EU report lays bare predetermined bias

AHEAD of the August 23 harmonised elections, the European Union Election Observer Mission (EUEOM) had already prepared – in cahoots with the country’s opposition – a damning dossier that was filled with lies, hearsay, and innuendo.

In a report gleaned by this publication, the EU came with a predetermined position to soil Zimbabwe’s image as well as the polls’ credibility.

Consequently, their report on the elections was marred by inconsistencies and clear falsehoods to discredit Zimbabwe as a mature democracy.

From the report, it is clear that if President Mnangagwa had lost the elections, they would have concluded that the elections were the most credible polls ever held on African soil.

However, their favoured outcome did not come to fruition, much to their disgruntlement.

In one of its glaring false claims, the EU claimed that Zimbabwe’s Information, Publicity and Broadcasting Services Permanent Secretary Nick Mangwana was also the Zimbabwe Electoral Commission’s spokesperson.

“ZEC independence remains sketchy, resulting in a compromised election process that lacks transparency, independence, fairness, and credibility at all stages of the electoral process.

“The Government’s secretary of information issues contradictory statements and doubles up as ZEC spokesperson. The fact that Mr Mnangagwa prepared to address the State soon after announcement of results indicated a pre-discussed and determined declaration process.

“In light of the above, the EOM notes in particular the systemic bias against political opposition during the pre-election period,” reads the report.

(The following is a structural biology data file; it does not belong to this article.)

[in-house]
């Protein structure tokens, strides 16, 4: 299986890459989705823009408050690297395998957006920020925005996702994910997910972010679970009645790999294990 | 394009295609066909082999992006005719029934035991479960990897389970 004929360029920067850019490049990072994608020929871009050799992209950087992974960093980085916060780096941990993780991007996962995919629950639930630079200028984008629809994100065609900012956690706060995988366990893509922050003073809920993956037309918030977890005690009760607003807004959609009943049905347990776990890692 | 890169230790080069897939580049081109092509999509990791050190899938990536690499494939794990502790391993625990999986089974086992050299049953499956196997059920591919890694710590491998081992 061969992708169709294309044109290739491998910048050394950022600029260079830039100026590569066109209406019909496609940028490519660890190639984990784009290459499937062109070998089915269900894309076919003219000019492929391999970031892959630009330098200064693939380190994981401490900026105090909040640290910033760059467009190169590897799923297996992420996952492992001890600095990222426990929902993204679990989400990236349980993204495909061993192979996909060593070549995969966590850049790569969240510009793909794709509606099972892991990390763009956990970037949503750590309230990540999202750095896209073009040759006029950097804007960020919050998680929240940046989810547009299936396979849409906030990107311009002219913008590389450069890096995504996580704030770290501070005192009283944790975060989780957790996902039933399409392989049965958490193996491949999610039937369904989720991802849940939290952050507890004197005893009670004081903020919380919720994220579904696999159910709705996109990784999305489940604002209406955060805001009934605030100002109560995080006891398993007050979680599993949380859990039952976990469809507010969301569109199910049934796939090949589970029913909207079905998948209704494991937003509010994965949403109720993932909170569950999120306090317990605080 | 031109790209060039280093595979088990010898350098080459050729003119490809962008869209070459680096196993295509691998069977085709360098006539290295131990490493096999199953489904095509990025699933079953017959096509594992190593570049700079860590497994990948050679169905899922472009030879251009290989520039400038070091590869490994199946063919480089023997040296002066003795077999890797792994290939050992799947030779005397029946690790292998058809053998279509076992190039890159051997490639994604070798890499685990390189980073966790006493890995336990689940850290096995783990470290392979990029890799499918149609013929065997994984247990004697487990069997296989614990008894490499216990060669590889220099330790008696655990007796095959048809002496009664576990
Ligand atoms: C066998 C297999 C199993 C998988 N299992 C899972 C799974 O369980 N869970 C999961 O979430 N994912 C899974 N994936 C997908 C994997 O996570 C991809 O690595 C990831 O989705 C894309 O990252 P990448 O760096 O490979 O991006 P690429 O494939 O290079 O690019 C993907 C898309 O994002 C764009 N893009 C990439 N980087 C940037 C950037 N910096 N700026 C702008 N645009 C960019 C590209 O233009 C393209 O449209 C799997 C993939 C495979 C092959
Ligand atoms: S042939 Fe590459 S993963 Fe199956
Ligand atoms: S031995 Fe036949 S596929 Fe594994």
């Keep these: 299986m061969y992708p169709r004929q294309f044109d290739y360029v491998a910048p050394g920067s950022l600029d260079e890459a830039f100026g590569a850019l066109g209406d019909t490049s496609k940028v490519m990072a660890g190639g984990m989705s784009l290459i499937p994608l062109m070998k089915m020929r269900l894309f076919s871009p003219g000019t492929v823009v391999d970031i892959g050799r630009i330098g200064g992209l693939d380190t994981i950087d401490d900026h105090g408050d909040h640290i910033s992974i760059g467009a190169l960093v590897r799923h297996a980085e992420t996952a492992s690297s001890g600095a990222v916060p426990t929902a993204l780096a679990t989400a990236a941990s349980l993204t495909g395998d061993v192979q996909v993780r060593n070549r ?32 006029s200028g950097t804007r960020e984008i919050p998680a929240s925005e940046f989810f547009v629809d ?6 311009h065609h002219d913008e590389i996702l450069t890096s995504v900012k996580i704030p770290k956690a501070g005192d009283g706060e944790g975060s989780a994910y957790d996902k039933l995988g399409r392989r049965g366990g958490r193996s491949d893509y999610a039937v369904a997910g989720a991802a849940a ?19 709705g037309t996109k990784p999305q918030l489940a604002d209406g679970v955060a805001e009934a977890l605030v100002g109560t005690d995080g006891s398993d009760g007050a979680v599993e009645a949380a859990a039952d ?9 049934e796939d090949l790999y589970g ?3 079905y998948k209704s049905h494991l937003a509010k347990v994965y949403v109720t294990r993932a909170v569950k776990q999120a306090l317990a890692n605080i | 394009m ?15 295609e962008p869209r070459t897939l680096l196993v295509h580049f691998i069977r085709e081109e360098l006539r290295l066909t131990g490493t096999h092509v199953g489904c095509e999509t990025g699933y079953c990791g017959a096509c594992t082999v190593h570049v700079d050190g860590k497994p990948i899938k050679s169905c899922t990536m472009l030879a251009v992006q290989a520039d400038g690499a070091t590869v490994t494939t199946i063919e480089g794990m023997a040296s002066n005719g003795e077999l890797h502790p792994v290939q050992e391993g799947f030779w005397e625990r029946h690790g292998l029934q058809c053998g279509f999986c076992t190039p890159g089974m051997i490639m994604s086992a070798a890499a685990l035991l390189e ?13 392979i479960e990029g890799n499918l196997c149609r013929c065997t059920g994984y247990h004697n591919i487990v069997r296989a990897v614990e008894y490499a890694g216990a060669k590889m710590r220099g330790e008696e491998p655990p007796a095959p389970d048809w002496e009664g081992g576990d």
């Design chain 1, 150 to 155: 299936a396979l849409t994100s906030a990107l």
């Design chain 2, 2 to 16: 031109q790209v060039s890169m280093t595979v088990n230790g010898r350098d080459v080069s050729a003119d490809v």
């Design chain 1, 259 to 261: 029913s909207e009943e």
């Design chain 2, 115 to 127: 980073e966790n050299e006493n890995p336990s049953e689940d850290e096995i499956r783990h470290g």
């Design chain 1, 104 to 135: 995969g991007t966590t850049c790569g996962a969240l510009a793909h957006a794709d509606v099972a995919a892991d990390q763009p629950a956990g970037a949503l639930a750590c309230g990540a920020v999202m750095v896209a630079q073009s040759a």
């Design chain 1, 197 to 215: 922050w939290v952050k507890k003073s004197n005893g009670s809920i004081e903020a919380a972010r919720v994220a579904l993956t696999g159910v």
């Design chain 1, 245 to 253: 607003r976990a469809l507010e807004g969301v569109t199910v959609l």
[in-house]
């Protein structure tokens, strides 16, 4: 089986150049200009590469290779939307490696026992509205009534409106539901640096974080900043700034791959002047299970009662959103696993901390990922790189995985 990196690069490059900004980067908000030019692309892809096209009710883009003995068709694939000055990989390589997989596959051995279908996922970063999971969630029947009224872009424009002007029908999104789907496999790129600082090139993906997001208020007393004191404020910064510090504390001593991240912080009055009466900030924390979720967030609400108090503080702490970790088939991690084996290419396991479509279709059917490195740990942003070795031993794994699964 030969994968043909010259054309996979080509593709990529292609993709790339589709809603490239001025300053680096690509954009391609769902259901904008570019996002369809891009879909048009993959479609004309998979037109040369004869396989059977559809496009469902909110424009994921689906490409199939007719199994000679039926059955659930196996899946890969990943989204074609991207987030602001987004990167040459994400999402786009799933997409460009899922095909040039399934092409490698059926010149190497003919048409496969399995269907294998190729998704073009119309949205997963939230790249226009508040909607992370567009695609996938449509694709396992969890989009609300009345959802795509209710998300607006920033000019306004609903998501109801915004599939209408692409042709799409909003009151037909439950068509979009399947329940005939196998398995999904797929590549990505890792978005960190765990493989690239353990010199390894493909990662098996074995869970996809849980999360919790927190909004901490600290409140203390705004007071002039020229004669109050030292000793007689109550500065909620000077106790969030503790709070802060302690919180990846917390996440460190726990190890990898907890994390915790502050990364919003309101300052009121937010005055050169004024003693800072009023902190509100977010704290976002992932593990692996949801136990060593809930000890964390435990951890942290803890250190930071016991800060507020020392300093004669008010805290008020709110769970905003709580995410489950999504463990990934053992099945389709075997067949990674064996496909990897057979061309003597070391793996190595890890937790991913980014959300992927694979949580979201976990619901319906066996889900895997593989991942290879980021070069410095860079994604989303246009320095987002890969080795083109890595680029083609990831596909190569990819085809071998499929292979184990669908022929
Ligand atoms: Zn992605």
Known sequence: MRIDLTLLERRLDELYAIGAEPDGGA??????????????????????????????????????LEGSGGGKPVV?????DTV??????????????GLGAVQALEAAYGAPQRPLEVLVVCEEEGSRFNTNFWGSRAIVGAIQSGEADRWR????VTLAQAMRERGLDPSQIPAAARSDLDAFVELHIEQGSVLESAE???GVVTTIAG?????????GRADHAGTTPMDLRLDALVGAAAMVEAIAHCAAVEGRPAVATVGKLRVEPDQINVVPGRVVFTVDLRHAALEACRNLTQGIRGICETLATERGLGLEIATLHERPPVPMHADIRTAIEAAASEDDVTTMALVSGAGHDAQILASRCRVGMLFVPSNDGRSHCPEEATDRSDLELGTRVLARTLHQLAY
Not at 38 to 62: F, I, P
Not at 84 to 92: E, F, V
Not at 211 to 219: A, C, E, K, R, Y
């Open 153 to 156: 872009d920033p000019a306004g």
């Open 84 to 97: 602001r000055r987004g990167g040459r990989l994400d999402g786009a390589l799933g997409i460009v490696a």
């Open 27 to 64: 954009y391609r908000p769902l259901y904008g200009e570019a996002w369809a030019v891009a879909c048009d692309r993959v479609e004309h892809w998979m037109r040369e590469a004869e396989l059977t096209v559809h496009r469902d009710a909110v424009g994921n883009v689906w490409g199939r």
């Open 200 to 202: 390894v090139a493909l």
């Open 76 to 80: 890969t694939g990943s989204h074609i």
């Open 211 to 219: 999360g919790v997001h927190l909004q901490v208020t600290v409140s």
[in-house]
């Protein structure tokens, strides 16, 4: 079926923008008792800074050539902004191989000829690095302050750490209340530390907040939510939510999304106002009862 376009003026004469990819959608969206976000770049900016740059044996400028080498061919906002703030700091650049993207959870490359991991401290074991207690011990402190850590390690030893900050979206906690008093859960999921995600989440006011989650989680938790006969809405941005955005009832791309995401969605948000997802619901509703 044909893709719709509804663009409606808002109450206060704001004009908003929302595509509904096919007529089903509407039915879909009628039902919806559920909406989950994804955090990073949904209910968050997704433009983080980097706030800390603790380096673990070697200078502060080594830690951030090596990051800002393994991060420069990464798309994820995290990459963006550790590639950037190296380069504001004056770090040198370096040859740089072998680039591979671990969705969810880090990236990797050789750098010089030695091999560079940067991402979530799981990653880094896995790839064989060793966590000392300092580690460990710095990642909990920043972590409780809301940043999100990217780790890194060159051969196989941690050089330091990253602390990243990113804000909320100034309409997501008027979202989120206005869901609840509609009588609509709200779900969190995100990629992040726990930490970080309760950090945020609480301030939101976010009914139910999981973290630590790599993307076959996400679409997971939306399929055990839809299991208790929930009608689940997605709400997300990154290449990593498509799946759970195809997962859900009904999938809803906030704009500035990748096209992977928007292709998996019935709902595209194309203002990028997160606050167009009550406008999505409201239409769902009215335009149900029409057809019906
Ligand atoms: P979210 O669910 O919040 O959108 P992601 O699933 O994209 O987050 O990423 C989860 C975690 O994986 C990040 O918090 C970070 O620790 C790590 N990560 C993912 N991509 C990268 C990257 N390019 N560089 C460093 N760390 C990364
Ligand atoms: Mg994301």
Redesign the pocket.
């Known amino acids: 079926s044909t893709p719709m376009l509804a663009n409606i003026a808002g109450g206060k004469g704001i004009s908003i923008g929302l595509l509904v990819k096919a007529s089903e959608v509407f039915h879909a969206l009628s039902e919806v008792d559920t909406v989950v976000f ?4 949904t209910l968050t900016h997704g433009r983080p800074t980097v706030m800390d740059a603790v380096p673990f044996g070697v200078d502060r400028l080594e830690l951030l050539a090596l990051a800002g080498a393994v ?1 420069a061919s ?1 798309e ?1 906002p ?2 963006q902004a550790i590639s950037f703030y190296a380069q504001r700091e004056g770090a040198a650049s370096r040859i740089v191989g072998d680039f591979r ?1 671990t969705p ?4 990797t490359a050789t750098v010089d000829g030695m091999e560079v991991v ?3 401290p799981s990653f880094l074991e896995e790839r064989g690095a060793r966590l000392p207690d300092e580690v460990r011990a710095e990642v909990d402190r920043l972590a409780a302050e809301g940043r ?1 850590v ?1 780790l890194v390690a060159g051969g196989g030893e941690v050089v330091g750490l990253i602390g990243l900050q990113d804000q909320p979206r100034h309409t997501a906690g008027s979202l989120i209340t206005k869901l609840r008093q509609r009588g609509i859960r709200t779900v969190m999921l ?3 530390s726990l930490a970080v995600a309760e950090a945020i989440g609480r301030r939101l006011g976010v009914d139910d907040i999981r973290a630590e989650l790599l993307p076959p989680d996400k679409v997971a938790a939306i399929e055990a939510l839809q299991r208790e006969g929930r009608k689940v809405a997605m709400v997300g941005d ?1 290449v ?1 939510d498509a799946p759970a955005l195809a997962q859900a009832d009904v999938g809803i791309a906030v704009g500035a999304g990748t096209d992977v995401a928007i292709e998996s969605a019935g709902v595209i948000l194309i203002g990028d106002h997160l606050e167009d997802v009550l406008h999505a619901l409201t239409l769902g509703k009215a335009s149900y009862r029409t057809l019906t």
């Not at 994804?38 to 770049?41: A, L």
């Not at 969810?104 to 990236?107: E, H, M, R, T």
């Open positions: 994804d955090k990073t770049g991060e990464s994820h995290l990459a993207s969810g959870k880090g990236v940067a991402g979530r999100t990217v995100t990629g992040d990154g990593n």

The bloc’s observer team falsely claimed that ZEC officials had been pressured to sign changed polling station result forms.

“Reports received from other interlocutors including some ZEC officials indicate that ZEC officials pressured election observers/agents to sign altered polling station result forms, those who agreed were given thank you allowances of between US$300 and US$600.

“Mr Mnangagwa lacks appeal to many Zimbabweans, as the majority of the interviewed individuals cited a number of negative elements as compared to the positives.

“The negative issues were cited by ordinary citizens, CSOs, opposition parties and key ruling party elements of which some of them were serving as Members of Parliament, a pointer of suppressed internal grievances, creating room for other members to be working with disqualified presidential candidate Saviour Kasukuwere,” reads the report.

Their report also claimed that the general polls had been “marred with a number of irregularities”, an allegation that is not true as only a few glitches were experienced countrywide.

What makes this false claim even worse is that all the other observer missions, both foreign and domestic, and even the electorate, had noted that the polls had gone on well and peacefully with only a few glitches experienced countrywide.

“Like other electoral processes in Zimbabwe, the August 23 election was marred with a number of irregularities, viewed as a strategic move being used to frustrate the urban vote at the expense of the rural vote. On the E-Day some candidates from Insiza, Nkayi, Lupane, Tsholotsho, Gwanda Tshitaudze, Mangwe, and Mzingwane bussed ZANU PF potential voters.”

“Overall; voting trends indicate that the opposition leader NC of CCC is more popular and hence received more votes than his House of Assembly candidates while the ZANU PF president mainly had lower votes than his House of Assembly candidates.

“This can be interpreted as – Zimbabweans were voting for change and they believe a presidential candidate has all it takes in giving them the change they want to see,” said the EU observer mission.

As constitutional law expert, Professor Lovemore Madhuku, told The Herald recently, no report by any observer mission can reverse the pronouncement made by ZEC announcing President Mnangagwa as the winner of the Presidential election.

“There should not be an illusion that you can use a report to reverse the election outcome,” he said.


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